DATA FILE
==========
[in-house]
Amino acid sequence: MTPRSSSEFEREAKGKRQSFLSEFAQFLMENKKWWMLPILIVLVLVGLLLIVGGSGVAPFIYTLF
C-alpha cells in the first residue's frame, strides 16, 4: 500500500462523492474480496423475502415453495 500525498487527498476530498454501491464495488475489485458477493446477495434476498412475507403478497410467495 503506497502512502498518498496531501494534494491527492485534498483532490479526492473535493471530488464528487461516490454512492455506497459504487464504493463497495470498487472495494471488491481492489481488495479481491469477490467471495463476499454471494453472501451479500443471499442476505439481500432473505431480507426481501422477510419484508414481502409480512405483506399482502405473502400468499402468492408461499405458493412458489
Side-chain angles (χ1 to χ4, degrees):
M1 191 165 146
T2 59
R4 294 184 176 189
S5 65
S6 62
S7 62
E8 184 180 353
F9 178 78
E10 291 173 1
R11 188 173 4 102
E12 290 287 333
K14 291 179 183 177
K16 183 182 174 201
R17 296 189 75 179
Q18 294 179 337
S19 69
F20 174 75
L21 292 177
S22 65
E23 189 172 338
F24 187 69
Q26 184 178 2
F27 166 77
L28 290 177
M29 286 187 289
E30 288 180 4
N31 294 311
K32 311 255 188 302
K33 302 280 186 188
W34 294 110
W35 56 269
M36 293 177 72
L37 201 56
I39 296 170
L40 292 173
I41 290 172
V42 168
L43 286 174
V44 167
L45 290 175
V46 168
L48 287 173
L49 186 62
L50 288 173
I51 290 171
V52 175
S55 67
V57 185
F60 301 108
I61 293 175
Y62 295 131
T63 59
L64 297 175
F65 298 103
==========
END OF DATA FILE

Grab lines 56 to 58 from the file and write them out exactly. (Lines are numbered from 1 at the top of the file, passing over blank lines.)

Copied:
T63 59
L64 297 175
F65 298 103